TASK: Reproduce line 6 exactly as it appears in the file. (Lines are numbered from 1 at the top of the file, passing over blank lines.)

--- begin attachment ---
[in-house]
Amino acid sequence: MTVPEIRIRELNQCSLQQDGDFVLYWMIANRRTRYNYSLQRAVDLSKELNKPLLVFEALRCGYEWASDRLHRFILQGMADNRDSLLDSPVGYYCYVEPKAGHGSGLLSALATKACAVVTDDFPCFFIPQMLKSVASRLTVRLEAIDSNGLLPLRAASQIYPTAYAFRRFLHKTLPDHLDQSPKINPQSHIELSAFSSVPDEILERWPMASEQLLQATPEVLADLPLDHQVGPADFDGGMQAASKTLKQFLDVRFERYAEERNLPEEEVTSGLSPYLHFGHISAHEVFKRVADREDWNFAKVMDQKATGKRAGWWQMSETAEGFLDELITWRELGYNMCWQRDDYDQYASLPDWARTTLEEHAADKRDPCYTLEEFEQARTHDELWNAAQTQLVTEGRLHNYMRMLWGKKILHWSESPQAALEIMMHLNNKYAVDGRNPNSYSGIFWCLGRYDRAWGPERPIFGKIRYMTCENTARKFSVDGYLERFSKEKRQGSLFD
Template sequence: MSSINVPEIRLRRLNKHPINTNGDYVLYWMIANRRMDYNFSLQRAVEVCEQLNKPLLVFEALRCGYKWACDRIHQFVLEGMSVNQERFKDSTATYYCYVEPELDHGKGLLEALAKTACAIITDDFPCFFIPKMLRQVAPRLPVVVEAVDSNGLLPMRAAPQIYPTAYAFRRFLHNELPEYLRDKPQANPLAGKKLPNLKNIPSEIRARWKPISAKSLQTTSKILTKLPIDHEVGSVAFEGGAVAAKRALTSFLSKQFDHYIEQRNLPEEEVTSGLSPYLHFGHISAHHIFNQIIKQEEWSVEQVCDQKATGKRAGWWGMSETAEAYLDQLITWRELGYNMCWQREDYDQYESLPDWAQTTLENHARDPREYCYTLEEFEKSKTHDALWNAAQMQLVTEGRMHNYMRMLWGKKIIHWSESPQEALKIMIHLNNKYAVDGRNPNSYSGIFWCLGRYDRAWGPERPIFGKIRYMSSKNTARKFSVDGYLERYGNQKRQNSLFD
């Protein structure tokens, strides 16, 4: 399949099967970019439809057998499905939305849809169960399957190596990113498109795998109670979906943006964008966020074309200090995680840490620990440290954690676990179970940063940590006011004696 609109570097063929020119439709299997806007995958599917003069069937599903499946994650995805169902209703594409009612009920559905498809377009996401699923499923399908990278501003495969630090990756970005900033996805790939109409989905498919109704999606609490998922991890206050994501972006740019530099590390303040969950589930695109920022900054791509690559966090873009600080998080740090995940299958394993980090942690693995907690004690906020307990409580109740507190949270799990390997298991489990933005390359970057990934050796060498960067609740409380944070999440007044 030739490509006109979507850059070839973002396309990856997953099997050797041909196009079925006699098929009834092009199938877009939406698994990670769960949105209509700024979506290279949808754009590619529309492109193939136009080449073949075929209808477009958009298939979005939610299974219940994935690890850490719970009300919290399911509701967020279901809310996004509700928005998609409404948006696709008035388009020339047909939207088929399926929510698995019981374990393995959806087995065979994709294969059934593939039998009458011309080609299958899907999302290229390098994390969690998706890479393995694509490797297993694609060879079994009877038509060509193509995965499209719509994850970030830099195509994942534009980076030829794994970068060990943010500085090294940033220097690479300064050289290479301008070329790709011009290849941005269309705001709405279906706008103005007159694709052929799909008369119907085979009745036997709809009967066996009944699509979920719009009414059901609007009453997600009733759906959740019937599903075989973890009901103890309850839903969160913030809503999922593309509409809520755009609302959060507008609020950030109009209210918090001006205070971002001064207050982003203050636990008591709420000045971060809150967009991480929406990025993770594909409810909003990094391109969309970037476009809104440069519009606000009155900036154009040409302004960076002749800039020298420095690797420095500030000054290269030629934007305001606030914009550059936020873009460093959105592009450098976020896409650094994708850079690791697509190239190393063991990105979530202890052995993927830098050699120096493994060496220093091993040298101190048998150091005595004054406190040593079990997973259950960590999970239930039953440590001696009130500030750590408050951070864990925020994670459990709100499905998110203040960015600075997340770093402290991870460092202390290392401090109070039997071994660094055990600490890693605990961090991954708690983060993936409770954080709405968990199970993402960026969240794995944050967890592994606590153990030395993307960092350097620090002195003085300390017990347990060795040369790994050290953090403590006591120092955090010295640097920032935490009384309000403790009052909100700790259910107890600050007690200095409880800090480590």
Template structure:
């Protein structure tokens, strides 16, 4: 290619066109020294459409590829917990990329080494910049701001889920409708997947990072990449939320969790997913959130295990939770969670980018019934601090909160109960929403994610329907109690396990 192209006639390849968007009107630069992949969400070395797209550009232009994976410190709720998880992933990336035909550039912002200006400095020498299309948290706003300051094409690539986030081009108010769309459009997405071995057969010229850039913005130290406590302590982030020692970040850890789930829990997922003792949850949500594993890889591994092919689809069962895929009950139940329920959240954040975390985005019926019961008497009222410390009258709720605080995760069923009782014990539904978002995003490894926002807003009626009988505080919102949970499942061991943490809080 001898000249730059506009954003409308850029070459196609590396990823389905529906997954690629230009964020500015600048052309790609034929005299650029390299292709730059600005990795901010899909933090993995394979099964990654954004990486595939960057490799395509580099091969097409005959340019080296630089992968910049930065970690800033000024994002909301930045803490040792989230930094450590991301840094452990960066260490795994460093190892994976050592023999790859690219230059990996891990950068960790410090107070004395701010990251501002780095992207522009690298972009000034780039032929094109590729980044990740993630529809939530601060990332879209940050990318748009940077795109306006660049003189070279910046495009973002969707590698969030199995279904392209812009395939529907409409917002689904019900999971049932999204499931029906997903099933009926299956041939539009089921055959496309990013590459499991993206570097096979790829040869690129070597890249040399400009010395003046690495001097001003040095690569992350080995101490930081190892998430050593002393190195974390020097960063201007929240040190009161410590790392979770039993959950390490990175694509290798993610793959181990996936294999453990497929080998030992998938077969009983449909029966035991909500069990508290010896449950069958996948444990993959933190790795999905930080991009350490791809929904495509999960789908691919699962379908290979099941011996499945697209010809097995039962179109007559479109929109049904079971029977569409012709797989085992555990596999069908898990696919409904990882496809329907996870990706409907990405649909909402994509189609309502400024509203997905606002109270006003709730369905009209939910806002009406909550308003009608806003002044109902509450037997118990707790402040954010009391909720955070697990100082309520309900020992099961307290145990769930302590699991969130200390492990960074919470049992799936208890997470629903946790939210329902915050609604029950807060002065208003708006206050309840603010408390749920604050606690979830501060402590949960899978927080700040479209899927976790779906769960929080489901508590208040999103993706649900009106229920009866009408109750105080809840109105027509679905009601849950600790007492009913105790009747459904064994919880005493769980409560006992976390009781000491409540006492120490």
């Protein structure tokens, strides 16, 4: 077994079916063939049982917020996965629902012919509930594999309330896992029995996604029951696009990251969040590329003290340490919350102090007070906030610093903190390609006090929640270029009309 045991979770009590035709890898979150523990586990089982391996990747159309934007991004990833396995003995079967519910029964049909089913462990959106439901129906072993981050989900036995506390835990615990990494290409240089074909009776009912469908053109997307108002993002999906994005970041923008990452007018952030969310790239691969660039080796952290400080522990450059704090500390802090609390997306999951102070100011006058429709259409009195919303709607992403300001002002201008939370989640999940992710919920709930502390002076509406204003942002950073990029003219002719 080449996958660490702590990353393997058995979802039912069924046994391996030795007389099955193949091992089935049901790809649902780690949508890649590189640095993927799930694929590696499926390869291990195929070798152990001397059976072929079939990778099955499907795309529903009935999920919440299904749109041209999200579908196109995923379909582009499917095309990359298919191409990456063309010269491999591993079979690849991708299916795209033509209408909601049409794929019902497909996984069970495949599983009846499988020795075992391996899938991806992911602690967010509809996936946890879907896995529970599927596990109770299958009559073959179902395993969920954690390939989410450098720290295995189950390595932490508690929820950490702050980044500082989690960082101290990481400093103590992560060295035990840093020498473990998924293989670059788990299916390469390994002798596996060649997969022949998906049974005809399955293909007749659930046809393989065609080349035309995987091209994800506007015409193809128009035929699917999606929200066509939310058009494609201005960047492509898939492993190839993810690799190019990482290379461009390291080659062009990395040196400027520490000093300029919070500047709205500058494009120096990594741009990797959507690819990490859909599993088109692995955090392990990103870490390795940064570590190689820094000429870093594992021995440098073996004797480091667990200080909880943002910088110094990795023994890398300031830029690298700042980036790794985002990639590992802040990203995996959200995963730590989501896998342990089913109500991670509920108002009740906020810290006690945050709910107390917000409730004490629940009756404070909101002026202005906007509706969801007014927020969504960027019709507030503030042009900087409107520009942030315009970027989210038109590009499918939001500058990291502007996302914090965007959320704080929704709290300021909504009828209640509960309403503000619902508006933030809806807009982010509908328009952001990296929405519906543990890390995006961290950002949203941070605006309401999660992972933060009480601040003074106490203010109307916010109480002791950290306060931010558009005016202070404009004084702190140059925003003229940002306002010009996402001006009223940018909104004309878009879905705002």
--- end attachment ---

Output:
């Protein structure tokens, strides 16, 4: 290619066109020294459409590829917990990329080494910049701001889920409708997947990072990449939320969790997913959130295990939770969670980018019934601090909160109960929403994610329907109690396990 192209006639390849968007009107630069992949969400070395797209550009232009994976410190709720998880992933990336035909550039912002200006400095020498299309948290706003300051094409690539986030081009108010769309459009997405071995057969010229850039913005130290406590302590982030020692970040850890789930829990997922003792949850949500594993890889591994092919689809069962895929009950139940329920959240954040975390985005019926019961008497009222410390009258709720605080995760069923009782014990539904978002995003490894926002807003009626009988505080919102949970499942061991943490809080 001898000249730059506009954003409308850029070459196609590396990823389905529906997954690629230009964020500015600048052309790609034929005299650029390299292709730059600005990795901010899909933090993995394979099964990654954004990486595939960057490799395509580099091969097409005959340019080296630089992968910049930065970690800033000024994002909301930045803490040792989230930094450590991301840094452990960066260490795994460093190892994976050592023999790859690219230059990996891990950068960790410090107070004395701010990251501002780095992207522009690298972009000034780039032929094109590729980044990740993630529809939530601060990332879209940050990318748009940077795109306006660049003189070279910046495009973002969707590698969030199995279904392209812009395939529907409409917002689904019900999971049932999204499931029906997903099933009926299956041939539009089921055959496309990013590459499991993206570097096979790829040869690129070597890249040399400009010395003046690495001097001003040095690569992350080995101490930081190892998430050593002393190195974390020097960063201007929240040190009161410590790392979770039993959950390490990175694509290798993610793959181990996936294999453990497929080998030992998938077969009983449909029966035991909500069990508290010896449950069958996948444990993959933190790795999905930080991009350490791809929904495509999960789908691919699962379908290979099941011996499945697209010809097995039962179109007559479109929109049904079971029977569409012709797989085992555990596999069908898990696919409904990882496809329907996870990706409907990405649909909402994509189609309502400024509203997905606002109270006003709730369905009209939910806002009406909550308003009608806003002044109902509450037997118990707790402040954010009391909720955070697990100082309520309900020992099961307290145990769930302590699991969130200390492990960074919470049992799936208890997470629903946790939210329902915050609604029950807060002065208003708006206050309840603010408390749920604050606690979830501060402590949960899978927080700040479209899927976790779906769960929080489901508590208040999103993706649900009106229920009866009408109750105080809840109105027509679905009601849950600790007492009913105790009747459904064994919880005493769980409560006992976390009781000491409540006492120490």